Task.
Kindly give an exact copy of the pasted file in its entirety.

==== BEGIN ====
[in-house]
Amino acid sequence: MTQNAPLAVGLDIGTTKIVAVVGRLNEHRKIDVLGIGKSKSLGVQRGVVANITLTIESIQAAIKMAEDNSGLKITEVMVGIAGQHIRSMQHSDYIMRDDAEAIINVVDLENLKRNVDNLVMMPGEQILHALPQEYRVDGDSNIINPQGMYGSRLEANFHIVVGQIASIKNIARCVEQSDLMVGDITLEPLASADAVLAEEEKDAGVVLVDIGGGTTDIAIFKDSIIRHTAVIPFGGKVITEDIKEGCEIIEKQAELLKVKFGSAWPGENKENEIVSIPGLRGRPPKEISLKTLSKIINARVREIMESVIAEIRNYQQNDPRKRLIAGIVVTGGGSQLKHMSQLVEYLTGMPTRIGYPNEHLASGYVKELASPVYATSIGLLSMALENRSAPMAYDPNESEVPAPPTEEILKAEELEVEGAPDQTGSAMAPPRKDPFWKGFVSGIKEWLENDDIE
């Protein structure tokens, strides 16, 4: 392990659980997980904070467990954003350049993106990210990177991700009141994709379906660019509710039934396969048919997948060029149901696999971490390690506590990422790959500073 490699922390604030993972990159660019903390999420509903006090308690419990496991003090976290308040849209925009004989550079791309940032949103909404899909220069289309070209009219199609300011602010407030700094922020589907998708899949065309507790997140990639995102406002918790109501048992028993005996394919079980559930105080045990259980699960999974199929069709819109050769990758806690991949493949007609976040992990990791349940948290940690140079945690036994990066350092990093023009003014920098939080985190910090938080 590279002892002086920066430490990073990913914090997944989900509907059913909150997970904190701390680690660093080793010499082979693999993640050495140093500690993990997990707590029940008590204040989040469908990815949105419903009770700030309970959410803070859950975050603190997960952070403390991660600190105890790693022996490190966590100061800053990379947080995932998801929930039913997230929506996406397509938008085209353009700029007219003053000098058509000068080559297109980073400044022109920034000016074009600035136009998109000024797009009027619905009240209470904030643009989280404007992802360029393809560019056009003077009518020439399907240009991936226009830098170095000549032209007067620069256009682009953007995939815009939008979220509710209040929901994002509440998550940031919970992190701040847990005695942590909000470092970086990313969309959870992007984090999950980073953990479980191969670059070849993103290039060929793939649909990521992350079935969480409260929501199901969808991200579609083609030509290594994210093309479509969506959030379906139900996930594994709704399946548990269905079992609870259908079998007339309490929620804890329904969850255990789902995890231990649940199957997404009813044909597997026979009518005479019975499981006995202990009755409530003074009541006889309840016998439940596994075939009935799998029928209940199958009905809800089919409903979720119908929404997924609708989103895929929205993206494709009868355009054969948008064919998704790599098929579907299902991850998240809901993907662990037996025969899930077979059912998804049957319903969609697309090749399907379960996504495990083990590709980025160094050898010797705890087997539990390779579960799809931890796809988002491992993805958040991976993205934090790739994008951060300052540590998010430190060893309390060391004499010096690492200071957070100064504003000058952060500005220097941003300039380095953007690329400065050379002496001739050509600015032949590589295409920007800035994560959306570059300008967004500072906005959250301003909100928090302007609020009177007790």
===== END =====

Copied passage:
[in-house]
Amino acid sequence: MTQNAPLAVGLDIGTTKIVAVVGRLNEHRKIDVLGIGKSKSLGVQRGVVANITLTIESIQAAIKMAEDNSGLKITEVMVGIAGQHIRSMQHSDYIMRDDAEAIINVVDLENLKRNVDNLVMMPGEQILHALPQEYRVDGDSNIINPQGMYGSRLEANFHIVVGQIASIKNIARCVEQSDLMVGDITLEPLASADAVLAEEEKDAGVVLVDIGGGTTDIAIFKDSIIRHTAVIPFGGKVITEDIKEGCEIIEKQAELLKVKFGSAWPGENKENEIVSIPGLRGRPPKEISLKTLSKIINARVREIMESVIAEIRNYQQNDPRKRLIAGIVVTGGGSQLKHMSQLVEYLTGMPTRIGYPNEHLASGYVKELASPVYATSIGLLSMALENRSAPMAYDPNESEVPAPPTEEILKAEELEVEGAPDQTGSAMAPPRKDPFWKGFVSGIKEWLENDDIE
């Protein structure tokens, strides 16, 4: 392990659980997980904070467990954003350049993106990210990177991700009141994709379906660019509710039934396969048919997948060029149901696999971490390690506590990422790959500073 490699922390604030993972990159660019903390999420509903006090308690419990496991003090976290308040849209925009004989550079791309940032949103909404899909220069289309070209009219199609300011602010407030700094922020589907998708899949065309507790997140990639995102406002918790109501048992028993005996394919079980559930105080045990259980699960999974199929069709819109050769990758806690991949493949007609976040992990990791349940948290940690140079945690036994990066350092990093023009003014920098939080985190910090938080 590279002892002086920066430490990073990913914090997944989900509907059913909150997970904190701390680690660093080793010499082979693999993640050495140093500690993990997990707590029940008590204040989040469908990815949105419903009770700030309970959410803070859950975050603190997960952070403390991660600190105890790693022996490190966590100061800053990379947080995932998801929930039913997230929506996406397509938008085209353009700029007219003053000098058509000068080559297109980073400044022109920034000016074009600035136009998109000024797009009027619905009240209470904030643009989280404007992802360029393809560019056009003077009518020439399907240009991936226009830098170095000549032209007067620069256009682009953007995939815009939008979220509710209040929901994002509440998550940031919970992190701040847990005695942590909000470092970086990313969309959870992007984090999950980073953990479980191969670059070849993103290039060929793939649909990521992350079935969480409260929501199901969808991200579609083609030509290594994210093309479509969506959030379906139900996930594994709704399946548990269905079992609870259908079998007339309490929620804890329904969850255990789902995890231990649940199957997404009813044909597997026979009518005479019975499981006995202990009755409530003074009541006889309840016998439940596994075939009935799998029928209940199958009905809800089919409903979720119908929404997924609708989103895929929205993206494709009868355009054969948008064919998704790599098929579907299902991850998240809901993907662990037996025969899930077979059912998804049957319903969609697309090749399907379960996504495990083990590709980025160094050898010797705890087997539990390779579960799809931890796809988002491992993805958040991976993205934090790739994008951060300052540590998010430190060893309390060391004499010096690492200071957070100064504003000058952060500005220097941003300039380095953007690329400065050379002496001739050509600015032949590589295409920007800035994560959306570059300008967004500072906005959250301003909100928090302007609020009177007790």